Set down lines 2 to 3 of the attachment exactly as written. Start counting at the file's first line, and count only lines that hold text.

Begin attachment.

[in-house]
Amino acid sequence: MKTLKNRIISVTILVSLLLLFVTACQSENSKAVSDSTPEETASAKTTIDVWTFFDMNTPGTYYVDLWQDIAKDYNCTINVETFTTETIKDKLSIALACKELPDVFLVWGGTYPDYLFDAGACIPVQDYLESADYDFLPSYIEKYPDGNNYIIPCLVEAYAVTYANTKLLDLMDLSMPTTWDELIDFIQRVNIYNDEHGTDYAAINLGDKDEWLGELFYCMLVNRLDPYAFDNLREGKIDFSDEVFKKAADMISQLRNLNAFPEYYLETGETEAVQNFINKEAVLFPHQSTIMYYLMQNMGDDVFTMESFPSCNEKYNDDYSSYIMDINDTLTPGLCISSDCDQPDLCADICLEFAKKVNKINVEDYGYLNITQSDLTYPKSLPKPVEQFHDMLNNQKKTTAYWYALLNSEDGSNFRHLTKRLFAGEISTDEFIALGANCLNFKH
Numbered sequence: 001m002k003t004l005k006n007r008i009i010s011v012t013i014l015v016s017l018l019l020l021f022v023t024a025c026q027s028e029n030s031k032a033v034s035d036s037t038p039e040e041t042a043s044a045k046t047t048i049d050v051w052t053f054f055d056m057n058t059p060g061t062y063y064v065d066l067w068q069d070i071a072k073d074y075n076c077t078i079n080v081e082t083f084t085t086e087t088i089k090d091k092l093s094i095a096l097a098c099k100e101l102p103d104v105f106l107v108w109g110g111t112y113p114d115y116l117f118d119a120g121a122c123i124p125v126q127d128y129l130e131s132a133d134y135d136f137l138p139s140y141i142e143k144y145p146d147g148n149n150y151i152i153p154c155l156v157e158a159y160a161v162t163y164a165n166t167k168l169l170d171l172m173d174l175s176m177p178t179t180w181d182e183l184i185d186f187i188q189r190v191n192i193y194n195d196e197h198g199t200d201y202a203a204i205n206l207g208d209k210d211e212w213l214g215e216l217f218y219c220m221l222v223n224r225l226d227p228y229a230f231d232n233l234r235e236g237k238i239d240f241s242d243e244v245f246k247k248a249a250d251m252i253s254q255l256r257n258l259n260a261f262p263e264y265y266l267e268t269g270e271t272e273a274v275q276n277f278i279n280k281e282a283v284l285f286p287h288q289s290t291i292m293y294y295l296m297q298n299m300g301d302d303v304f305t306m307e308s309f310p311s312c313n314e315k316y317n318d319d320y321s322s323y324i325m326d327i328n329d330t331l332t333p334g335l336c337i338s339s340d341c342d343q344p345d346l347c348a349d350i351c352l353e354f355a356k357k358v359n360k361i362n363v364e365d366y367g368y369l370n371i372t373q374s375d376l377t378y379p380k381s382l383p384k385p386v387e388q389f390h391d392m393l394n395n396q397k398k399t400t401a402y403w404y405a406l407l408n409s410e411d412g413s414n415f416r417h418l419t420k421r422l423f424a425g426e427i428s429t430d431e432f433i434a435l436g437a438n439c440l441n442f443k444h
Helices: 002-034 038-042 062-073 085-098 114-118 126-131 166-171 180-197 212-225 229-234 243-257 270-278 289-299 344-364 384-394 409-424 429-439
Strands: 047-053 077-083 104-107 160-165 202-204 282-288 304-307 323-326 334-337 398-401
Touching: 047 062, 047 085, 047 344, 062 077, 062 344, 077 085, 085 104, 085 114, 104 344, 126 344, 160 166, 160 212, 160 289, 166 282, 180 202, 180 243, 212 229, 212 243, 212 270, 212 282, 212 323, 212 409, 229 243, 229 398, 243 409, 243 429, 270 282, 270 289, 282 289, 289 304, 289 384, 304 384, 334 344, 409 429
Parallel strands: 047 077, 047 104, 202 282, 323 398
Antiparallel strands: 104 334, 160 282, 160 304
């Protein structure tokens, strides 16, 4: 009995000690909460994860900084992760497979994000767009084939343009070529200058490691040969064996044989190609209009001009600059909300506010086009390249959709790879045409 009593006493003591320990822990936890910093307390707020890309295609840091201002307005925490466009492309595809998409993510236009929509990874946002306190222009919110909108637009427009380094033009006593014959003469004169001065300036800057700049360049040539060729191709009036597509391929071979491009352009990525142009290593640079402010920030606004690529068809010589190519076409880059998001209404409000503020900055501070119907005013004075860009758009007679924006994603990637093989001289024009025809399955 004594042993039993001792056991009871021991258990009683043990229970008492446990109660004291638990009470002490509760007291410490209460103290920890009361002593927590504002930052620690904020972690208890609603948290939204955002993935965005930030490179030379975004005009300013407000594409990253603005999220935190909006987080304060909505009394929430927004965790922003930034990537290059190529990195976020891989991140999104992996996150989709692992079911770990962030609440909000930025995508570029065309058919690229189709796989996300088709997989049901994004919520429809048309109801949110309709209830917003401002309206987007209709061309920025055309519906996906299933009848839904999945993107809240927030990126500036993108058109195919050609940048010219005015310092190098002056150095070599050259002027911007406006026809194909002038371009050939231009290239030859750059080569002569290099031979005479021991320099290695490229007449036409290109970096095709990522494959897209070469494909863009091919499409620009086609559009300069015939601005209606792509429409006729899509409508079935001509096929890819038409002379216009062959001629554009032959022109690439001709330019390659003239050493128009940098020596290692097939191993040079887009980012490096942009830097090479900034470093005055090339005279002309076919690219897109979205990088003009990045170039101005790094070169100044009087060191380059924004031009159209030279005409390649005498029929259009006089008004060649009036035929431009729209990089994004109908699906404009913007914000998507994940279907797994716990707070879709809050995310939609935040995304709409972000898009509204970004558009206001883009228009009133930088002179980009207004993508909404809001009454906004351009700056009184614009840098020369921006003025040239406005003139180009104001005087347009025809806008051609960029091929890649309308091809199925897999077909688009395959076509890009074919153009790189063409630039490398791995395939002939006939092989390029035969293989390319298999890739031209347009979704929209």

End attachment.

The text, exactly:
Amino acid sequence: MKTLKNRIISVTILVSLLLLFVTACQSENSKAVSDSTPEETASAKTTIDVWTFFDMNTPGTYYVDLWQDIAKDYNCTINVETFTTETIKDKLSIALACKELPDVFLVWGGTYPDYLFDAGACIPVQDYLESADYDFLPSYIEKYPDGNNYIIPCLVEAYAVTYANTKLLDLMDLSMPTTWDELIDFIQRVNIYNDEHGTDYAAINLGDKDEWLGELFYCMLVNRLDPYAFDNLREGKIDFSDEVFKKAADMISQLRNLNAFPEYYLETGETEAVQNFINKEAVLFPHQSTIMYYLMQNMGDDVFTMESFPSCNEKYNDDYSSYIMDINDTLTPGLCISSDCDQPDLCADICLEFAKKVNKINVEDYGYLNITQSDLTYPKSLPKPVEQFHDMLNNQKKTTAYWYALLNSEDGSNFRHLTKRLFAGEISTDEFIALGANCLNFKH
Numbered sequence: 001m002k003t004l005k006n007r008i009i010s011v012t013i014l015v016s017l018l019l020l021f022v023t024a025c026q027s028e029n030s031k032a033v034s035d036s037t038p039e040e041t042a043s044a045k046t047t048i049d050v051w052t053f054f055d056m057n058t059p060g061t062y063y064v065d066l067w068q069d070i071a072k073d074y075n076c077t078i079n080v081e082t083f084t085t086e087t088i089k090d091k092l093s094i095a096l097a098c099k100e101l102p103d104v105f106l107v108w109g110g111t112y113p114d115y116l117f118d119a120g121a122c123i124p125v126q127d128y129l130e131s132a133d134y135d136f137l138p139s140y141i142e143k144y145p146d147g148n149n150y151i152i153p154c155l156v157e158a159y160a161v162t163y164a165n166t167k168l169l170d171l172m173d174l175s176m177p178t179t180w181d182e183l184i185d186f187i188q189r190v191n192i193y194n195d196e197h198g199t200d201y202a203a204i205n206l207g208d209k210d211e212w213l214g215e216l217f218y219c220m221l222v223n224r225l226d227p228y229a230f231d232n233l234r235e236g237k238i239d240f241s242d243e244v245f246k247k248a249a250d251m252i253s254q255l256r257n258l259n260a261f262p263e264y265y266l267e268t269g270e271t272e273a274v275q276n277f278i279n280k281e282a283v284l285f286p287h288q289s290t291i292m293y294y295l296m297q298n299m300g301d302d303v304f305t306m307e308s309f310p311s312c313n314e315k316y317n318d319d320y321s322s323y324i325m326d327i328n329d330t331l332t333p334g335l336c337i338s339s340d341c342d343q344p345d346l347c348a349d350i351c352l353e354f355a356k357k358v359n360k361i362n363v364e365d366y367g368y369l370n371i372t373q374s375d376l377t378y379p380k381s382l383p384k385p386v387e388q389f390h391d392m393l394n395n396q397k398k399t400t401a402y403w404y405a406l407l408n409s410e411d412g413s414n415f416r417h418l419t420k421r422l423f424a425g426e427i428s429t430d431e432f433i434a435l436g437a438n439c440l441n442f443k444h